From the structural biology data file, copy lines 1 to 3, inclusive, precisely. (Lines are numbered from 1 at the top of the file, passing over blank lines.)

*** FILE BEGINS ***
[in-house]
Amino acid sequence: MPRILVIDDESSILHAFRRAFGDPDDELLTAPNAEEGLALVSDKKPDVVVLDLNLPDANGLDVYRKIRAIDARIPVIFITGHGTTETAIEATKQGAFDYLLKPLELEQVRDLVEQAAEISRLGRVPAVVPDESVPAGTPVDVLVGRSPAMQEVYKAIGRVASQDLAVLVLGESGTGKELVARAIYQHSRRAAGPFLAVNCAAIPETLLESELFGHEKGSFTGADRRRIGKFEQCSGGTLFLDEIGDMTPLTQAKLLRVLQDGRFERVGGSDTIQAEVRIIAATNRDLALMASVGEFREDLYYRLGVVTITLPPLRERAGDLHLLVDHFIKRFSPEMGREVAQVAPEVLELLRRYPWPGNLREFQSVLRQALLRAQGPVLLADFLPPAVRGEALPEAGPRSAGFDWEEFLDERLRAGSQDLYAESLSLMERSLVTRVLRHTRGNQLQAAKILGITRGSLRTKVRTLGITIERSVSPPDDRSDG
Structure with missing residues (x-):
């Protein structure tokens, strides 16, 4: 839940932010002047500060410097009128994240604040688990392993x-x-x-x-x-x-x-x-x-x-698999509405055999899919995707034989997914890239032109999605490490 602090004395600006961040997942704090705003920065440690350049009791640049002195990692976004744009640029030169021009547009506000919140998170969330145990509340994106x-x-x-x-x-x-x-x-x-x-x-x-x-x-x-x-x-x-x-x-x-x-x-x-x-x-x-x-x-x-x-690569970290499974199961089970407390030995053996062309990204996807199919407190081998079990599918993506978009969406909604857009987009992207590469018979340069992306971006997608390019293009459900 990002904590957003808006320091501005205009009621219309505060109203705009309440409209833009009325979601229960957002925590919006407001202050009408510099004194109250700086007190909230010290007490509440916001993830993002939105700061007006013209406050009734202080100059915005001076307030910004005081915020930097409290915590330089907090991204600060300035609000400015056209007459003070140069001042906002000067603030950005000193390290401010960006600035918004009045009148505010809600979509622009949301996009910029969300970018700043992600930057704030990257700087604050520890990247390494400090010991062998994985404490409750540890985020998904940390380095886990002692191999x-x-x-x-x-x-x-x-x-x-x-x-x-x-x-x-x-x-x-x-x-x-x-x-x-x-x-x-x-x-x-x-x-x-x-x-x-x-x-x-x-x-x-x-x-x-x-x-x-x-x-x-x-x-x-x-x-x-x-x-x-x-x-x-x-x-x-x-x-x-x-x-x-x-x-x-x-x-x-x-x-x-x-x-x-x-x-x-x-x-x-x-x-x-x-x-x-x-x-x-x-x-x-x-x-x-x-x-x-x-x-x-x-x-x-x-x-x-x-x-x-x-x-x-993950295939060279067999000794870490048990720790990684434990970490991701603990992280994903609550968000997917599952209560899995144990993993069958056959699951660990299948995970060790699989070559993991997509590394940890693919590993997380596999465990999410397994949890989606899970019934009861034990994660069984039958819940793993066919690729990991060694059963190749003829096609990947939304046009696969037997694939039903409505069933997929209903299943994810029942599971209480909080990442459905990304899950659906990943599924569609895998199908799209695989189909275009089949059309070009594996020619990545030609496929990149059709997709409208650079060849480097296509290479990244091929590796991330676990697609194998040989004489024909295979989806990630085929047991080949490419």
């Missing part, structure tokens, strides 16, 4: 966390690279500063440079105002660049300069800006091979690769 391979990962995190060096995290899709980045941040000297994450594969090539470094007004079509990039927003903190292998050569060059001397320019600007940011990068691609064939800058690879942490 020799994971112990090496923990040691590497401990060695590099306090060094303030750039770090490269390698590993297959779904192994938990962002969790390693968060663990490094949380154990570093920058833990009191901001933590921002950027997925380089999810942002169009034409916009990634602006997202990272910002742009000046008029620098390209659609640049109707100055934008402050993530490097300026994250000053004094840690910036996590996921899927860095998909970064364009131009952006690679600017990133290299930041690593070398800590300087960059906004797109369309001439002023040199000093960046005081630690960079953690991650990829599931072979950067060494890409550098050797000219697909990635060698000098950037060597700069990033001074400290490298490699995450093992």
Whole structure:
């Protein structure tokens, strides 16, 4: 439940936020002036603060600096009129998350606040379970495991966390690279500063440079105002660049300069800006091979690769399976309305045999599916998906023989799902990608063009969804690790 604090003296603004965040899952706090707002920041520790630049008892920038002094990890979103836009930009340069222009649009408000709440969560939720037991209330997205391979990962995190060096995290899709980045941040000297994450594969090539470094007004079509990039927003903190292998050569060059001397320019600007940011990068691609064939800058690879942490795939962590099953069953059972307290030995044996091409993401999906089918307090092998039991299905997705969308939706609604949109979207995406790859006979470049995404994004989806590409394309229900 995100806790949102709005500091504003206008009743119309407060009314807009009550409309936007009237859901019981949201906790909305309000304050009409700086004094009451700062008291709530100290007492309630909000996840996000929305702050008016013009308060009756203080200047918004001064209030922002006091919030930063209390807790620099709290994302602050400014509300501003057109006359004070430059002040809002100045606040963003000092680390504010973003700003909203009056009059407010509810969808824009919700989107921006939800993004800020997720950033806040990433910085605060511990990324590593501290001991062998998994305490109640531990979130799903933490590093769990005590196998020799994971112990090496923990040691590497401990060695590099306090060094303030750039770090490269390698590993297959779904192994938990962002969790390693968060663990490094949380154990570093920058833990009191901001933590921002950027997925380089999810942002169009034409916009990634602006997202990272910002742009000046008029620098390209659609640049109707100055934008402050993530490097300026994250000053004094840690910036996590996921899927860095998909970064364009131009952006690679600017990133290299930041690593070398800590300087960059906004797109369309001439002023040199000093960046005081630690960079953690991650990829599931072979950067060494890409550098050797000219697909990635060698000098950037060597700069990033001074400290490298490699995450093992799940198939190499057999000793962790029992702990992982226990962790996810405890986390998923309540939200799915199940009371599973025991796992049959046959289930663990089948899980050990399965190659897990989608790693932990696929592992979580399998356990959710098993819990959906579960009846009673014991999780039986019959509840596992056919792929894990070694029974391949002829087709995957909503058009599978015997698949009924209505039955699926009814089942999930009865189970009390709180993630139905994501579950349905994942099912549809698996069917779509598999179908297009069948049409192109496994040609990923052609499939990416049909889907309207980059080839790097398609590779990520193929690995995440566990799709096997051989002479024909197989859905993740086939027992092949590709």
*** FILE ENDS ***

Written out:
[in-house]
Amino acid sequence: MPRILVIDDESSILHAFRRAFGDPDDELLTAPNAEEGLALVSDKKPDVVVLDLNLPDANGLDVYRKIRAIDARIPVIFITGHGTTETAIEATKQGAFDYLLKPLELEQVRDLVEQAAEISRLGRVPAVVPDESVPAGTPVDVLVGRSPAMQEVYKAIGRVASQDLAVLVLGESGTGKELVARAIYQHSRRAAGPFLAVNCAAIPETLLESELFGHEKGSFTGADRRRIGKFEQCSGGTLFLDEIGDMTPLTQAKLLRVLQDGRFERVGGSDTIQAEVRIIAATNRDLALMASVGEFREDLYYRLGVVTITLPPLRERAGDLHLLVDHFIKRFSPEMGREVAQVAPEVLELLRRYPWPGNLREFQSVLRQALLRAQGPVLLADFLPPAVRGEALPEAGPRSAGFDWEEFLDERLRAGSQDLYAESLSLMERSLVTRVLRHTRGNQLQAAKILGITRGSLRTKVRTLGITIERSVSPPDDRSDG
Structure with missing residues (x-):